Health officials are calling for concerted efforts to sustain the fight against high teenage pregnancies being recorded in communities around the Mampong Municipality of the Ashanti Region.
Reports by health officials state that the area recorded 170 teenage pregnancy cases in 2020, with many more undocumented or unreported cases yet to be accounted for.
Affected victims were aged between 15 and 19, according to a Medical Superintendent of the Mampong Government Hospital, Dr Kwasi Gyimah.
Speaking with journalists on the sidelines of an annual review performance organised by the Ghana Health Service, Dr Gyimah described the situation as alarming adding that intensified education can reverse the trend.
“Going forward we will intensify education among the youth because these are young people who are already sexually exposed by the time they get to school. Since the cases are at an alarming rate we will be rolling out several interventions to stem the tide”, the Medical Superintendent said.
“I will however plead with various stakeholders especially school heads and the Municipal Assembly in particular to partner us to educate these young girls on the dangers of teenage pregnancy”, he added.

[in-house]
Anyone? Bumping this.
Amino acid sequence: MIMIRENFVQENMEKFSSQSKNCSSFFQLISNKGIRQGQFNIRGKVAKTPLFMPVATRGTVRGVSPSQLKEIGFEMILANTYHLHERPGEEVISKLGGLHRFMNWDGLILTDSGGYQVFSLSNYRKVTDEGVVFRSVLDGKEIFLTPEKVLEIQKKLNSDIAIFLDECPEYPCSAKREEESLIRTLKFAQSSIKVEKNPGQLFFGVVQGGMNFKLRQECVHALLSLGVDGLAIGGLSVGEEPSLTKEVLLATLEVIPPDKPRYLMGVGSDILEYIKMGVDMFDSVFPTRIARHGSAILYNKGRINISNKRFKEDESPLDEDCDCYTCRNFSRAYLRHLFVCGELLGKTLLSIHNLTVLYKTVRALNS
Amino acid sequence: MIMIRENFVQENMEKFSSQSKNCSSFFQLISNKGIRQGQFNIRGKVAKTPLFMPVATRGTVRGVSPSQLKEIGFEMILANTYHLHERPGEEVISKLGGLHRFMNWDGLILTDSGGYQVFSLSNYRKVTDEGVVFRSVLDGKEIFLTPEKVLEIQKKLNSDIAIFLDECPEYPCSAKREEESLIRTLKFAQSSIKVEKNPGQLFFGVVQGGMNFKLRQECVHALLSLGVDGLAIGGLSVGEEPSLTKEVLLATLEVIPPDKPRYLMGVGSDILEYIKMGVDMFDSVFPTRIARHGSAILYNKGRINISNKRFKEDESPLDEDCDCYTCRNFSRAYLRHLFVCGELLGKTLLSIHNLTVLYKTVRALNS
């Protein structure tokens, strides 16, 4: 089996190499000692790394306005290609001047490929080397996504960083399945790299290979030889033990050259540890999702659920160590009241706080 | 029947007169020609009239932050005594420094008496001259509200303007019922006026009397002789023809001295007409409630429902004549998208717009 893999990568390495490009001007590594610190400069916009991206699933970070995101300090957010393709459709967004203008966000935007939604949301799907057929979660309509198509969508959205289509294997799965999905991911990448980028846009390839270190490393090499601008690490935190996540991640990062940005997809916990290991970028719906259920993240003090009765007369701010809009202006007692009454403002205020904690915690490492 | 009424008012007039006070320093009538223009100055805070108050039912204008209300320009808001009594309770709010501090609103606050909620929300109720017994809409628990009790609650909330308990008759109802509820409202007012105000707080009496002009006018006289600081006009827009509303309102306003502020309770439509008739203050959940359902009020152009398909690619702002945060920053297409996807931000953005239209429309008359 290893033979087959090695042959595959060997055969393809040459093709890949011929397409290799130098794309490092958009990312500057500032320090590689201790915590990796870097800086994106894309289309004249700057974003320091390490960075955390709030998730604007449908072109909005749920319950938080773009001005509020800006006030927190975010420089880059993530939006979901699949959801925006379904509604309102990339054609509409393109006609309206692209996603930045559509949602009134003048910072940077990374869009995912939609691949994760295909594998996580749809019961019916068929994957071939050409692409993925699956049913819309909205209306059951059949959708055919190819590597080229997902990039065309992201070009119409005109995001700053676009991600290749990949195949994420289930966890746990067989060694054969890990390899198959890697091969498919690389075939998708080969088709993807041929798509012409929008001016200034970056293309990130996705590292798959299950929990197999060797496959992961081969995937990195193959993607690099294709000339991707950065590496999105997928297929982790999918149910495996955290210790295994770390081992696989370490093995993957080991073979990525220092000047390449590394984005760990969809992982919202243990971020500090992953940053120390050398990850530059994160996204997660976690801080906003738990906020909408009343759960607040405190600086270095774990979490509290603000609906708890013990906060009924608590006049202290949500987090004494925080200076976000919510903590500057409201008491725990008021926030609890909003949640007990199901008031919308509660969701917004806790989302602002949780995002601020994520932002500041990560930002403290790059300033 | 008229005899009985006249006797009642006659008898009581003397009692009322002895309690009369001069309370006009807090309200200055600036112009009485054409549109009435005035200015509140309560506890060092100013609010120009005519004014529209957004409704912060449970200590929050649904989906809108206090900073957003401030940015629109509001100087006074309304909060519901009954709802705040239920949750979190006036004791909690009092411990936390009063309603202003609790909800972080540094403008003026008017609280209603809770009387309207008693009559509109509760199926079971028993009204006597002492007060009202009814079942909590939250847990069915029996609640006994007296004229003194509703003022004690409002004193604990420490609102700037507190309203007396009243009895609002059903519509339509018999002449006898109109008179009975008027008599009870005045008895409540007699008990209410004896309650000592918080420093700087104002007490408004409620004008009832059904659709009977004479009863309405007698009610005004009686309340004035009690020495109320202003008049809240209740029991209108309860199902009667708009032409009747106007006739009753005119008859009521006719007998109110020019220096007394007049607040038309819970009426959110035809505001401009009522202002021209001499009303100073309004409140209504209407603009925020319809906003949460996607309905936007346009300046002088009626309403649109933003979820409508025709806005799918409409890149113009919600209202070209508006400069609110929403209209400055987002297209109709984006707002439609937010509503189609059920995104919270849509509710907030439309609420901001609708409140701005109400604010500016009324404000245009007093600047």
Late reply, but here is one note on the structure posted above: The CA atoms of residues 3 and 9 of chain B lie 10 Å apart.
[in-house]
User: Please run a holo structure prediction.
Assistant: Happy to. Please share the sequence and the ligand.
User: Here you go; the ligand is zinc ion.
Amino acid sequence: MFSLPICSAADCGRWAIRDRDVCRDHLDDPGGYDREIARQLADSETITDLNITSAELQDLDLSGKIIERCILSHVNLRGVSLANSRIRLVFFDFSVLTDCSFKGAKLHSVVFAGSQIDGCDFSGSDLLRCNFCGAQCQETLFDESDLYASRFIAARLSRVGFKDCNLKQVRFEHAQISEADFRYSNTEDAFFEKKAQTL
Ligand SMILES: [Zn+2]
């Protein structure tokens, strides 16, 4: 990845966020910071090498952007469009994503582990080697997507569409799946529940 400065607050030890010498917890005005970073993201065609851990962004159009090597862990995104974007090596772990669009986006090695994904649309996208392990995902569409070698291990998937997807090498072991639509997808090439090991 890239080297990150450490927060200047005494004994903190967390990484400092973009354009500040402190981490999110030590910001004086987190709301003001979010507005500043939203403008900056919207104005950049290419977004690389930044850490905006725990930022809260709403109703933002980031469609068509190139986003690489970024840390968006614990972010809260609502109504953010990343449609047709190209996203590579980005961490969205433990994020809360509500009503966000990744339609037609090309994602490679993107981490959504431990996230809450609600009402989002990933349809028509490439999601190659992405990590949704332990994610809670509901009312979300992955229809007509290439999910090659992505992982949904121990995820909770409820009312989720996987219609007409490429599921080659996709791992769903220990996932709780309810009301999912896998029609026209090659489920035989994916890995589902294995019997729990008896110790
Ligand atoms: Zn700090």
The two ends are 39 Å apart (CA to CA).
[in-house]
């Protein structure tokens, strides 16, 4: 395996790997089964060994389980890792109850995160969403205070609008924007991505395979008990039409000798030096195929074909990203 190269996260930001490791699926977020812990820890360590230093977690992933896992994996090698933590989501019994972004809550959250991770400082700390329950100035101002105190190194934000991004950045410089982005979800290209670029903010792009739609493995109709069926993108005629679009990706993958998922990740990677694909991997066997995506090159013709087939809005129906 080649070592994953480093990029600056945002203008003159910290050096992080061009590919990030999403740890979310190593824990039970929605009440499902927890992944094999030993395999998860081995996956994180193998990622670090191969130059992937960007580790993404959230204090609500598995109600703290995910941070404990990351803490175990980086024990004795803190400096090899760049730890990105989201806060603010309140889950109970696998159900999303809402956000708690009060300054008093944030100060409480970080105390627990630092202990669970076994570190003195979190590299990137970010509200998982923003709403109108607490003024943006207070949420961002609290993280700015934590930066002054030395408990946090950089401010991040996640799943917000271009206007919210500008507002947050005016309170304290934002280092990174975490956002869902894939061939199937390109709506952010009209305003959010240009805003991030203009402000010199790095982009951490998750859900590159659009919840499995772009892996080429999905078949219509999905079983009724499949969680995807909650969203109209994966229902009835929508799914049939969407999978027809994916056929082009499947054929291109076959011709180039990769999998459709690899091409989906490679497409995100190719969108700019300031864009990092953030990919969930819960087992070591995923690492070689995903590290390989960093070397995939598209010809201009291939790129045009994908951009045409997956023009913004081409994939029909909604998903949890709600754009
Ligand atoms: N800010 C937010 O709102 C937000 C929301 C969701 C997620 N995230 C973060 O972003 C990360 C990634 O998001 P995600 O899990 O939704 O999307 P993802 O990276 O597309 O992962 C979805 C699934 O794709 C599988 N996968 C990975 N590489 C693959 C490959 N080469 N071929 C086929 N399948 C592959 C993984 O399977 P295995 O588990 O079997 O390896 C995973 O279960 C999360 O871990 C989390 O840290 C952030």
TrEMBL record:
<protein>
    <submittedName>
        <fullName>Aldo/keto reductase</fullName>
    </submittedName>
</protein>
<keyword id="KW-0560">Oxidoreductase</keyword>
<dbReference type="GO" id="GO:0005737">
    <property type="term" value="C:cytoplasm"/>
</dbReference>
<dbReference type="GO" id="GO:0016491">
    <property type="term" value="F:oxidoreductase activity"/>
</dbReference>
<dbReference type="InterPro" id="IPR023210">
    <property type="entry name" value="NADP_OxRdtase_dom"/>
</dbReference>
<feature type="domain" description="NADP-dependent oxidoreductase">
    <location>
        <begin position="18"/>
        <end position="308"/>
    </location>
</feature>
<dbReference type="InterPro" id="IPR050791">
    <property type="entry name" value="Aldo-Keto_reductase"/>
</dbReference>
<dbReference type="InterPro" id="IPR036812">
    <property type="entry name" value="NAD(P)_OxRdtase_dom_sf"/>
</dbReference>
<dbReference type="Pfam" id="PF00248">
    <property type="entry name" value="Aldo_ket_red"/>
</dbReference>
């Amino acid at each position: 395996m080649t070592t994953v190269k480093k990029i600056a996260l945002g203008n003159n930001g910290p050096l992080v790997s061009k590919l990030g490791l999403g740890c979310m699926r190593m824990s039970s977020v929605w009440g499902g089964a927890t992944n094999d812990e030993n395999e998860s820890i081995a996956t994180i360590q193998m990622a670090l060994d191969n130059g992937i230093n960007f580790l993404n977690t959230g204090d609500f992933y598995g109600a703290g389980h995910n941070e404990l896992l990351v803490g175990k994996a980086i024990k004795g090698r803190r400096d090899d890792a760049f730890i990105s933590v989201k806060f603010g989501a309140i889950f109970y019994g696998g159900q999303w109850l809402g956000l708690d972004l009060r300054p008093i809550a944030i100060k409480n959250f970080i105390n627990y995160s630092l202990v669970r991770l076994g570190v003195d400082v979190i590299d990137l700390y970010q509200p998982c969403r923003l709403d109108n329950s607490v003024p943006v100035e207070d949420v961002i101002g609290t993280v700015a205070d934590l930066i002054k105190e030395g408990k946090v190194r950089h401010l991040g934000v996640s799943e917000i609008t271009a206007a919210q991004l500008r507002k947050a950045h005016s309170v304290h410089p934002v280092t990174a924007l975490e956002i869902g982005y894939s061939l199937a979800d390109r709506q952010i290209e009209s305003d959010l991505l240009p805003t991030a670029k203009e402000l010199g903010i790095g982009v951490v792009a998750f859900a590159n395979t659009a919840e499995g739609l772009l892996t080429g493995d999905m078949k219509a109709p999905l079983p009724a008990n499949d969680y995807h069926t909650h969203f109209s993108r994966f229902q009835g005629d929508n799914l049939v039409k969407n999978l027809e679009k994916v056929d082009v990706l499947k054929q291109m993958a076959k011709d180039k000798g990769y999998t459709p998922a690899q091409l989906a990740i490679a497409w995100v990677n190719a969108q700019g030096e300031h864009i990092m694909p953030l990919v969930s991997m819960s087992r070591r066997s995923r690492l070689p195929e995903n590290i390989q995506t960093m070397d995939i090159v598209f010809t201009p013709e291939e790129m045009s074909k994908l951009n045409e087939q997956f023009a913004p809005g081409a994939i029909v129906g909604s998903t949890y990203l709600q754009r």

A/R highest with over 1,000 teenage pregnancies – GES
Many have attributed the spike in teenage pregnancy among girls to the impact of the COVID-19 pandemic which forced government to shutdown schools as part of measures to prevent the spread of the virus.
The development exposed many young girls who were at a point sexually abused while at home.
In a recent report by the Ghana Education Service (GES), the Ashanti Region led teenage pregnancy cases in Ghana with over 1,000 cases in one year.
The statistics spans from 2018 to 2019 with Greater Accra following with some 404 cases.
According to the Ashanti Regional Girl Child Coordinator of GES, Hannah Amponsah, “there were 128 cases in the upper primaries, while JHS recorded 783 and 310 cases in the senior high schools with a cumulative figure of 1,228 female teenage pregnancy cases in the Ashanti Region”.
Speaking on Kumasi-based Akoma FM, Mrs Hannah Amponsah explained that the situation is likely to double as the figures of 2020 and 2021 are being compiled.
“[My fear] is that with the Covid-19 wave and its attendant lockdown resulting in total shut down of schools, teenage pregnancies among students may surge because the children have stayed home for almost 11 months. Even when the JHS leavers were sitting for their [BECE] last year, there were a number of pregnant girls who were identified so I’m sure the 2020 statistics will increase as compared to previous years.”
Mrs. Hannah Amponsah also advised parents to ensure their pregnant wards do not drop out of school, encouraging them to urge their girls to continue their school even after giving birth to ensure their goals and aims in life are achieved.
Source: Daily Mail GH